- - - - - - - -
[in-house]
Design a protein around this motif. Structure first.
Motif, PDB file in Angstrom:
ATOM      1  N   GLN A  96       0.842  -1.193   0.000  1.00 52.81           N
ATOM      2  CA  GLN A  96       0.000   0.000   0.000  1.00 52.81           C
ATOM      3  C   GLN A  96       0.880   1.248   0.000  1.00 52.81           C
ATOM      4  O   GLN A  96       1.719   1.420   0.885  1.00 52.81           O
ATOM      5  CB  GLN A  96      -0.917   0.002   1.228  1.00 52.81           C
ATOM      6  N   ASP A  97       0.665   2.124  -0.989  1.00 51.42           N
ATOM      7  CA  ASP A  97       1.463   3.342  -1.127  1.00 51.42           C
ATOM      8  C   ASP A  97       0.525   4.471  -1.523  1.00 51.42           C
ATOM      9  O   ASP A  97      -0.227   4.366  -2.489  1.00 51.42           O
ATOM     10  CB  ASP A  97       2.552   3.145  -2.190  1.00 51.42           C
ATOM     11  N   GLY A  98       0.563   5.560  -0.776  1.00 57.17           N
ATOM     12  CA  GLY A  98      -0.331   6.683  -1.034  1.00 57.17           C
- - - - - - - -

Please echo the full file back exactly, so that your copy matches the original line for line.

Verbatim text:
[in-house]
Design a protein around this motif. Structure first.
Motif, PDB file in Angstrom:
ATOM      1  N   GLN A  96       0.842  -1.193   0.000  1.00 52.81           N
ATOM      2  CA  GLN A  96       0.000   0.000   0.000  1.00 52.81           C
ATOM      3  C   GLN A  96       0.880   1.248   0.000  1.00 52.81           C
ATOM      4  O   GLN A  96       1.719   1.420   0.885  1.00 52.81           O
ATOM      5  CB  GLN A  96      -0.917   0.002   1.228  1.00 52.81           C
ATOM      6  N   ASP A  97       0.665   2.124  -0.989  1.00 51.42           N
ATOM      7  CA  ASP A  97       1.463   3.342  -1.127  1.00 51.42           C
ATOM      8  C   ASP A  97       0.525   4.471  -1.523  1.00 51.42           C
ATOM      9  O   ASP A  97      -0.227   4.366  -2.489  1.00 51.42           O
ATOM     10  CB  ASP A  97       2.552   3.145  -2.190  1.00 51.42           C
ATOM     11  N   GLY A  98       0.563   5.560  -0.776  1.00 57.17           N
ATOM     12  CA  GLY A  98      -0.331   6.683  -1.034  1.00 57.17           C